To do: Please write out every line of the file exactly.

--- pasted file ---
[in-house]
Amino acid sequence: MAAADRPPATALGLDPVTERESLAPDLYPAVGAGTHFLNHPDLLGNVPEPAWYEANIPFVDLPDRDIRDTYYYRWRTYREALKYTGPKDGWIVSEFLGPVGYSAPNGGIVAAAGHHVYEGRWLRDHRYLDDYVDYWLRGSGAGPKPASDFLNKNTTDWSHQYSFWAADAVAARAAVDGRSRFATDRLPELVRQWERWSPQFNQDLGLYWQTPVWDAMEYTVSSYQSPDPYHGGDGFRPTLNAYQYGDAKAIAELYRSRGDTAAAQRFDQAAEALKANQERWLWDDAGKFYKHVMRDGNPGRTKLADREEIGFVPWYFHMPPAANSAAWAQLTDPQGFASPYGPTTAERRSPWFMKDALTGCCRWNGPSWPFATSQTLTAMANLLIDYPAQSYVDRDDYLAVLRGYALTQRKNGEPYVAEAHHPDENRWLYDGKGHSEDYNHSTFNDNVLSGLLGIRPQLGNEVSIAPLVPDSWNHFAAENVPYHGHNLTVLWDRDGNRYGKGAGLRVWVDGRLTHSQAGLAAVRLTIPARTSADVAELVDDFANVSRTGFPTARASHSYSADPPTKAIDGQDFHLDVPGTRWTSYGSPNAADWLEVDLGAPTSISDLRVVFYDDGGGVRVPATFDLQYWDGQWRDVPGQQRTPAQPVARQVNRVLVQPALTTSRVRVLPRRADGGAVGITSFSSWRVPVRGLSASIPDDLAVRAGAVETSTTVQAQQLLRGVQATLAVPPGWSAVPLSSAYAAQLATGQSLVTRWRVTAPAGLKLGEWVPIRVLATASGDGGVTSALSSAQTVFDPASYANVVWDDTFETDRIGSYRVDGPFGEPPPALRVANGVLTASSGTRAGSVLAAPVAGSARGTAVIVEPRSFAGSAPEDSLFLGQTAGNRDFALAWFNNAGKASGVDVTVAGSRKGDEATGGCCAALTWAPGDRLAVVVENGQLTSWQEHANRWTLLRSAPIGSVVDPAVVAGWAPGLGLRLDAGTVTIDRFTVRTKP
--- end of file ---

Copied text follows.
[in-house]
Amino acid sequence: MAAADRPPATALGLDPVTERESLAPDLYPAVGAGTHFLNHPDLLGNVPEPAWYEANIPFVDLPDRDIRDTYYYRWRTYREALKYTGPKDGWIVSEFLGPVGYSAPNGGIVAAAGHHVYEGRWLRDHRYLDDYVDYWLRGSGAGPKPASDFLNKNTTDWSHQYSFWAADAVAARAAVDGRSRFATDRLPELVRQWERWSPQFNQDLGLYWQTPVWDAMEYTVSSYQSPDPYHGGDGFRPTLNAYQYGDAKAIAELYRSRGDTAAAQRFDQAAEALKANQERWLWDDAGKFYKHVMRDGNPGRTKLADREEIGFVPWYFHMPPAANSAAWAQLTDPQGFASPYGPTTAERRSPWFMKDALTGCCRWNGPSWPFATSQTLTAMANLLIDYPAQSYVDRDDYLAVLRGYALTQRKNGEPYVAEAHHPDENRWLYDGKGHSEDYNHSTFNDNVLSGLLGIRPQLGNEVSIAPLVPDSWNHFAAENVPYHGHNLTVLWDRDGNRYGKGAGLRVWVDGRLTHSQAGLAAVRLTIPARTSADVAELVDDFANVSRTGFPTARASHSYSADPPTKAIDGQDFHLDVPGTRWTSYGSPNAADWLEVDLGAPTSISDLRVVFYDDGGGVRVPATFDLQYWDGQWRDVPGQQRTPAQPVARQVNRVLVQPALTTSRVRVLPRRADGGAVGITSFSSWRVPVRGLSASIPDDLAVRAGAVETSTTVQAQQLLRGVQATLAVPPGWSAVPLSSAYAAQLATGQSLVTRWRVTAPAGLKLGEWVPIRVLATASGDGGVTSALSSAQTVFDPASYANVVWDDTFETDRIGSYRVDGPFGEPPPALRVANGVLTASSGTRAGSVLAAPVAGSARGTAVIVEPRSFAGSAPEDSLFLGQTAGNRDFALAWFNNAGKASGVDVTVAGSRKGDEATGGCCAALTWAPGDRLAVVVENGQLTSWQEHANRWTLLRSAPIGSVVDPAVVAGWAPGLGLRLDAGTVTIDRFTVRTKP